I look out our kitchen window to see frosty air pressed against everything.
I turn the knob to the storm door and find the interior handle is frosted. I give our bulldog an aggressive nudge to hasten his speed out the door.
You should start your husband’s car for him.
I pull on my coat, speed walk to the car, start it, and hightail my hiney back to the door.
I reach for the handle to find the door has been locked behind me by my one-year-old who is now waving at me, grinning from ear to ear.
Turn the knob, I mouth to him.
He smiles, merrily pounds on the glass.
Turn that knob, I demonstratively explain, growing louder.
Minutes pass as we stare at each other.
My four-year-old is rooms away, in front of a screen.
My husband is taking a warm shower, one floor up.
My Pandora is blaring in the kitchen.
And nobody, but my neighbors and God, care that I’m beating down our back door.
I intentionally keep my back squarely turned to my neighbors’ window, though I’m certain by now they’re staring at me. She’s always near her kitchen window at this hour.
My hair looks like I stuck my fingers in an electric socket. It usually does.
But I had just been puking my guts up over the past two days with a bug, so my bird’s nest was more memorable.
I’m in my pajamas and sandals, and I’m not smiling.
It’s eight degrees; feels like negative five; feels like my toes might break off.
I could get in the warm vehicle. That means leaving my one-year-old in the kitchen without any eyes on him.
My husband regularly gets ready for work in five minutes. I’m certain he’ll be down in no time. I can’t wait to see him.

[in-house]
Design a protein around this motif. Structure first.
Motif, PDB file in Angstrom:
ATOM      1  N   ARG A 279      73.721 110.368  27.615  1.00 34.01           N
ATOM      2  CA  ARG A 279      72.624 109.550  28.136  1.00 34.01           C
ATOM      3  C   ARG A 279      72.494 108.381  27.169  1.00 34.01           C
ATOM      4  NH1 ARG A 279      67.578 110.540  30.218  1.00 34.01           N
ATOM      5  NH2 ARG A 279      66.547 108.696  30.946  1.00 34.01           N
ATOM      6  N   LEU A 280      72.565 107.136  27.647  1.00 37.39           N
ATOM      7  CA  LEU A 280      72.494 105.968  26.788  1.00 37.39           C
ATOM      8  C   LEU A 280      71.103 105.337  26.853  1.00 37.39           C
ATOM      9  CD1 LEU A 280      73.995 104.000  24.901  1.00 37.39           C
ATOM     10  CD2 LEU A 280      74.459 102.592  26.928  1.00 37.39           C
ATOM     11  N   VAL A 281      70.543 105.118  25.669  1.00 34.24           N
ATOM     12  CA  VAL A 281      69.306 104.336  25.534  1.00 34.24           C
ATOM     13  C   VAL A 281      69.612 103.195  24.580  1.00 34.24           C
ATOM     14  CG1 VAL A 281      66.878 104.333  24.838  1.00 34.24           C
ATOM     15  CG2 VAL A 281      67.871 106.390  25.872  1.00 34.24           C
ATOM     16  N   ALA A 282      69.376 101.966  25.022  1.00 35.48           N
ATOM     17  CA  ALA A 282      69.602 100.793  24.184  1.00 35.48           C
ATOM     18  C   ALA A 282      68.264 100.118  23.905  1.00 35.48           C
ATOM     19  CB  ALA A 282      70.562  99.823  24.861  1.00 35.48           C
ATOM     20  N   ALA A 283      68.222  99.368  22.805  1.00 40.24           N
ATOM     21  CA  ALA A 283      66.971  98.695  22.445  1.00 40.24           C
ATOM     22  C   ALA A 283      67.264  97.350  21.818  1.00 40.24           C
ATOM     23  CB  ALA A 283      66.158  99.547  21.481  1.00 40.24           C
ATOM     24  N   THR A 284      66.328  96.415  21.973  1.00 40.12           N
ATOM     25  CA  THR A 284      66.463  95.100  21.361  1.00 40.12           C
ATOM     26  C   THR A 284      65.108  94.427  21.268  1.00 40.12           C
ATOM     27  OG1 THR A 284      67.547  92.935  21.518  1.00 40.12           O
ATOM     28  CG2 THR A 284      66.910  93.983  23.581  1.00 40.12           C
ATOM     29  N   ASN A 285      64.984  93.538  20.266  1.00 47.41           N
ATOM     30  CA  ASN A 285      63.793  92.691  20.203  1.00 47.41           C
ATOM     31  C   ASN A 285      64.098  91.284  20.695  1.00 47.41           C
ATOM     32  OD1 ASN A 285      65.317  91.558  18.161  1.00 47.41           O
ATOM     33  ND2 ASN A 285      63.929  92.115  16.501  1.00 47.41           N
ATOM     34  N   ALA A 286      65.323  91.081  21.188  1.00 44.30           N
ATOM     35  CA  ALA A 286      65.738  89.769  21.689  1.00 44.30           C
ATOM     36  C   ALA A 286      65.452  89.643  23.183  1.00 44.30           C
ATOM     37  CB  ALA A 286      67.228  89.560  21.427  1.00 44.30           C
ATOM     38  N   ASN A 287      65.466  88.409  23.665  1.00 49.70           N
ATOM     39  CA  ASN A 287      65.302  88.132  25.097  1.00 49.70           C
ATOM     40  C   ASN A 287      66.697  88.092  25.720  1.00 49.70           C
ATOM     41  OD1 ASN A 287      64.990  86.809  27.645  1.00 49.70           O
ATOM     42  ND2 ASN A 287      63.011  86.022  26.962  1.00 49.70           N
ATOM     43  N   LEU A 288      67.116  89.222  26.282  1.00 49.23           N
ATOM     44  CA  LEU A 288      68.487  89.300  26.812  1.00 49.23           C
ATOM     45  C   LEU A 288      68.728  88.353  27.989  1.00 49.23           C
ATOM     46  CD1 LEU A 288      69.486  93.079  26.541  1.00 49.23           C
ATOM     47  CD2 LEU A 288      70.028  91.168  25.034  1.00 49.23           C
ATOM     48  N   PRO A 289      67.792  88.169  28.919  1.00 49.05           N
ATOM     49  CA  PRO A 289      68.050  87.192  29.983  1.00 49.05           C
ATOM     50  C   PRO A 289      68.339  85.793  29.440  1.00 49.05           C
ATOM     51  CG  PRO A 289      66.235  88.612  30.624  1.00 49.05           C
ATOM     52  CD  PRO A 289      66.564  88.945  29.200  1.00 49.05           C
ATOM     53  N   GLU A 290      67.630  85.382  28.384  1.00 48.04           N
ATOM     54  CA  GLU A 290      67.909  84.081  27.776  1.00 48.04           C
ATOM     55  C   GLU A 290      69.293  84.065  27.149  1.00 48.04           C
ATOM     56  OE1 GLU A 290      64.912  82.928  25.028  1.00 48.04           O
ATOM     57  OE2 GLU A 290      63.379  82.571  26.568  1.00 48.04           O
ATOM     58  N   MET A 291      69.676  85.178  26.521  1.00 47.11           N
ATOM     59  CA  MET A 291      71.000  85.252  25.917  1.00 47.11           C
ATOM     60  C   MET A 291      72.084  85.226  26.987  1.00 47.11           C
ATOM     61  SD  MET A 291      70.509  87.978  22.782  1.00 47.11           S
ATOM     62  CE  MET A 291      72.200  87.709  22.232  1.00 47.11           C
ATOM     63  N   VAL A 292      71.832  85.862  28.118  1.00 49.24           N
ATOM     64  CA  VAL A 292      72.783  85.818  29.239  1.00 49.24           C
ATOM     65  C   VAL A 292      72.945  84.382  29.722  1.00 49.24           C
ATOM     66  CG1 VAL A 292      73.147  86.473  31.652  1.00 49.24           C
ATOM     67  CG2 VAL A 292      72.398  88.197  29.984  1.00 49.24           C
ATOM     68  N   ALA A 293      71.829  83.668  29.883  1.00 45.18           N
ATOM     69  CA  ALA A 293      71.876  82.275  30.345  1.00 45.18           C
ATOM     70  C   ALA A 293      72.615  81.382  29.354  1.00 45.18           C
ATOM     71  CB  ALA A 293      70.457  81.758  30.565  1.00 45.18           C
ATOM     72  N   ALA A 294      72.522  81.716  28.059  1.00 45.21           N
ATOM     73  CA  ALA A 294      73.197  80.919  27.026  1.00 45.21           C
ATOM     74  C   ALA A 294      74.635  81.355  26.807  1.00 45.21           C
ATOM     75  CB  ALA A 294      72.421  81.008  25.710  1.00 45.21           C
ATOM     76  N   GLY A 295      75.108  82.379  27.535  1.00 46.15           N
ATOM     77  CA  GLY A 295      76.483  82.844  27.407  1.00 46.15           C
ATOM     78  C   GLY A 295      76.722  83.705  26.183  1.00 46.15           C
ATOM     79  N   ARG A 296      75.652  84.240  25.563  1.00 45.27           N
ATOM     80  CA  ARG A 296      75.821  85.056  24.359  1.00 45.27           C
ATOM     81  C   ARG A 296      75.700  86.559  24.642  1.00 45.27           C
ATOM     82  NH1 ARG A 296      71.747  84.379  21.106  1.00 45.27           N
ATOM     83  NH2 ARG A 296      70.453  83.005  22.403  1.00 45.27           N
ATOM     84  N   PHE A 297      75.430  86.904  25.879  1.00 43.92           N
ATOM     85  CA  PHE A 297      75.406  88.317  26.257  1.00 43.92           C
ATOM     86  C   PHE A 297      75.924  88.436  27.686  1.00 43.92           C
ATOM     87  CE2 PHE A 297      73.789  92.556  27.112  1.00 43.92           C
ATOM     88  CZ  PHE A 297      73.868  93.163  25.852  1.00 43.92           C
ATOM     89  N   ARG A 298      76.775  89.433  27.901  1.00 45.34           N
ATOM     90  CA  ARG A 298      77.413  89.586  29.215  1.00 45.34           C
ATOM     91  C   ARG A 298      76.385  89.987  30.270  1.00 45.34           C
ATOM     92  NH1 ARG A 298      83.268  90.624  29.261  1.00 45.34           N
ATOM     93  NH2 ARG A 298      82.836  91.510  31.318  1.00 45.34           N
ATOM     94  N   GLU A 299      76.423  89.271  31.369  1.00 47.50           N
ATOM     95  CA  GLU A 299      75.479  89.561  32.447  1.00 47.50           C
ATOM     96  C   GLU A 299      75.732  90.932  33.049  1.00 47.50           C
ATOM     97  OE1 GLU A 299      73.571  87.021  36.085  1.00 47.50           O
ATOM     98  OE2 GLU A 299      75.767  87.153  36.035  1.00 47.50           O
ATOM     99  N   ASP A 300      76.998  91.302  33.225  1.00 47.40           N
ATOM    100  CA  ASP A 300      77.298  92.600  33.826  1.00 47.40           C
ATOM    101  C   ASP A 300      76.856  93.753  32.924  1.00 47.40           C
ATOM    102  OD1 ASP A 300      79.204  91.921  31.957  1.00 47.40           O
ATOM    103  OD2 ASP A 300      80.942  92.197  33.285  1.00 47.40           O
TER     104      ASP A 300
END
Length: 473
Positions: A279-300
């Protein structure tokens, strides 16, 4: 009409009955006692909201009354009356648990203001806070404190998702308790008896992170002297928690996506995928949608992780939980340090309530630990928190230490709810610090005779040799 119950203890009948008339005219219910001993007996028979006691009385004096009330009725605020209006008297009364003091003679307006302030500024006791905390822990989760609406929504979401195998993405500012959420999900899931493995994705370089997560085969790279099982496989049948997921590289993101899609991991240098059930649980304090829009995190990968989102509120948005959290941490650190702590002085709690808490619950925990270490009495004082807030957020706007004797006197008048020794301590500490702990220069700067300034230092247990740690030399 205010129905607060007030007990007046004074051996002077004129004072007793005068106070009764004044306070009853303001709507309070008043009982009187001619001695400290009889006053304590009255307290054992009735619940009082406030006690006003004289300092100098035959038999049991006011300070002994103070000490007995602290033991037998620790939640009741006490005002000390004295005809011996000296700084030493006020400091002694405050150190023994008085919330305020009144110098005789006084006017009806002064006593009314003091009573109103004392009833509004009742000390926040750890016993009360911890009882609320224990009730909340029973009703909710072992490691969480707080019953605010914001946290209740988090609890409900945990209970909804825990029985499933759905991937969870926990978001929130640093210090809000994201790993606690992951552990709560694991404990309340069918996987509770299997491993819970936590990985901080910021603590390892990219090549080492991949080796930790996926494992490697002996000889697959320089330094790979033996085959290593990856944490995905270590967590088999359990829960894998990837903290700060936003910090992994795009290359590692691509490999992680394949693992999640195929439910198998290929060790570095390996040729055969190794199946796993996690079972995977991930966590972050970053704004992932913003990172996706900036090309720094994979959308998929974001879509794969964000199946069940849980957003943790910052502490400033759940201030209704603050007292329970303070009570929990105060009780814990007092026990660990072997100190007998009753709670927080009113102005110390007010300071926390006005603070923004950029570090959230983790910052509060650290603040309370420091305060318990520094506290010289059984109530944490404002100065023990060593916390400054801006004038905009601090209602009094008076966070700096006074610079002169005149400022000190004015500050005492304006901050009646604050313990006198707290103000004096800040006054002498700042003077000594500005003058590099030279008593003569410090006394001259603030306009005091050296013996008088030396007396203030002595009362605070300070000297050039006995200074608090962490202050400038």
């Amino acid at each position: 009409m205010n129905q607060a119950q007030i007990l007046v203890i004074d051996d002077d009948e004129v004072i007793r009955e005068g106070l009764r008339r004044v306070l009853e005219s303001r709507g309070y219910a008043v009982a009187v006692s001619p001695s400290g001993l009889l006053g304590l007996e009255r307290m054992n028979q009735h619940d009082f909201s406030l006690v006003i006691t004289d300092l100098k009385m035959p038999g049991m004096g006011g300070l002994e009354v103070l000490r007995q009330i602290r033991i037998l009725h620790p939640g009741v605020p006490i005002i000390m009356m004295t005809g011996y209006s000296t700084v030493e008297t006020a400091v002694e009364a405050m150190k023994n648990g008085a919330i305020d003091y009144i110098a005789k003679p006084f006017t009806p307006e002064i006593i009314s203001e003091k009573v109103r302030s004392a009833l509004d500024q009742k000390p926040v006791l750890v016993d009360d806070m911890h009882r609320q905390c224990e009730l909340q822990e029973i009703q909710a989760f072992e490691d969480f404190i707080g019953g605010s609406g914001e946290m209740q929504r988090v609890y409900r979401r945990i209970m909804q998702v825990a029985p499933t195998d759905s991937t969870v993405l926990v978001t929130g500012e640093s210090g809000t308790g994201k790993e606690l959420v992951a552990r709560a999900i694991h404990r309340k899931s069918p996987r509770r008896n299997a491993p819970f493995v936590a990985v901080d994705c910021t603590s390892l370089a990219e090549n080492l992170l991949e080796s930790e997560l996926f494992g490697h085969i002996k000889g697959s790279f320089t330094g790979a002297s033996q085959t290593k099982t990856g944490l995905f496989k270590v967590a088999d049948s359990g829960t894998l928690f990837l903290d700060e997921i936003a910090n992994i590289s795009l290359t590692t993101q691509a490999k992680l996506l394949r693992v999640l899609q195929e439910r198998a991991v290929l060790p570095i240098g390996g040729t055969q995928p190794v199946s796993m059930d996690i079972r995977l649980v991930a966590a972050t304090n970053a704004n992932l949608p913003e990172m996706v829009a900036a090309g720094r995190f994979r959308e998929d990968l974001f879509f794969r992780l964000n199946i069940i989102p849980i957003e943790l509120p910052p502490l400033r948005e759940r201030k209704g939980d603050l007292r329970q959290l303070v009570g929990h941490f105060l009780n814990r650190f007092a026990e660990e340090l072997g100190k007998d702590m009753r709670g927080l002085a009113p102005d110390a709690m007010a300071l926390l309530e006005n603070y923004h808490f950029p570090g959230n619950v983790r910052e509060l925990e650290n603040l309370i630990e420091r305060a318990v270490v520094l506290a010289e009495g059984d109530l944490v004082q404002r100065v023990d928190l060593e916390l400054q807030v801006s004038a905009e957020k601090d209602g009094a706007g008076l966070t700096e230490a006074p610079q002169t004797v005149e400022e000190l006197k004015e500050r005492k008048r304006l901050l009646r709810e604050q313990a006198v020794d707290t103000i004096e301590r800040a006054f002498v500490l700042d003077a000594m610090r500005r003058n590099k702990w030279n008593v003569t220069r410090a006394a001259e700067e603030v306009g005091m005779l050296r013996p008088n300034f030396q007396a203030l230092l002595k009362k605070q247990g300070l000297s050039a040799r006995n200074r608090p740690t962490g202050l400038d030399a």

My blood pressure increases.
I should practice gratitude. Thank You, Lord, that I have a door to lock. Thank You that I have sandals on. Thank You that my eye fluid is not frozen, and I can still blink.
My one-year-old is now lying face down next to the storm door, upset about what he’s done. I’m growing increasingly concerned about my limbs and digits.
Where is my husband? He better pray he has a tummy ache.
I think I read somewhere that people stranded in emergent situations without food or water should suck on a button to stay alive.
Find a button. My jacket only has zippers. I’m a goner.
I finally decide to trek around to the front porch, so the entire neighborhood can watch a real-life King Kong encounter.
I feverishly ring the doorbell.
Knock, knock, knock, knock.
I clench my teeth, and I ring it again.
I’m about to angrily sink to my knees when my husband appears at the door, lifts the curtain to look out the glass, and finds a very disgruntled abominable snowman.
His eyes are as big as quarters.
I started your car, I growl.
He was caught up on a work call.
No good deed goes unpunished.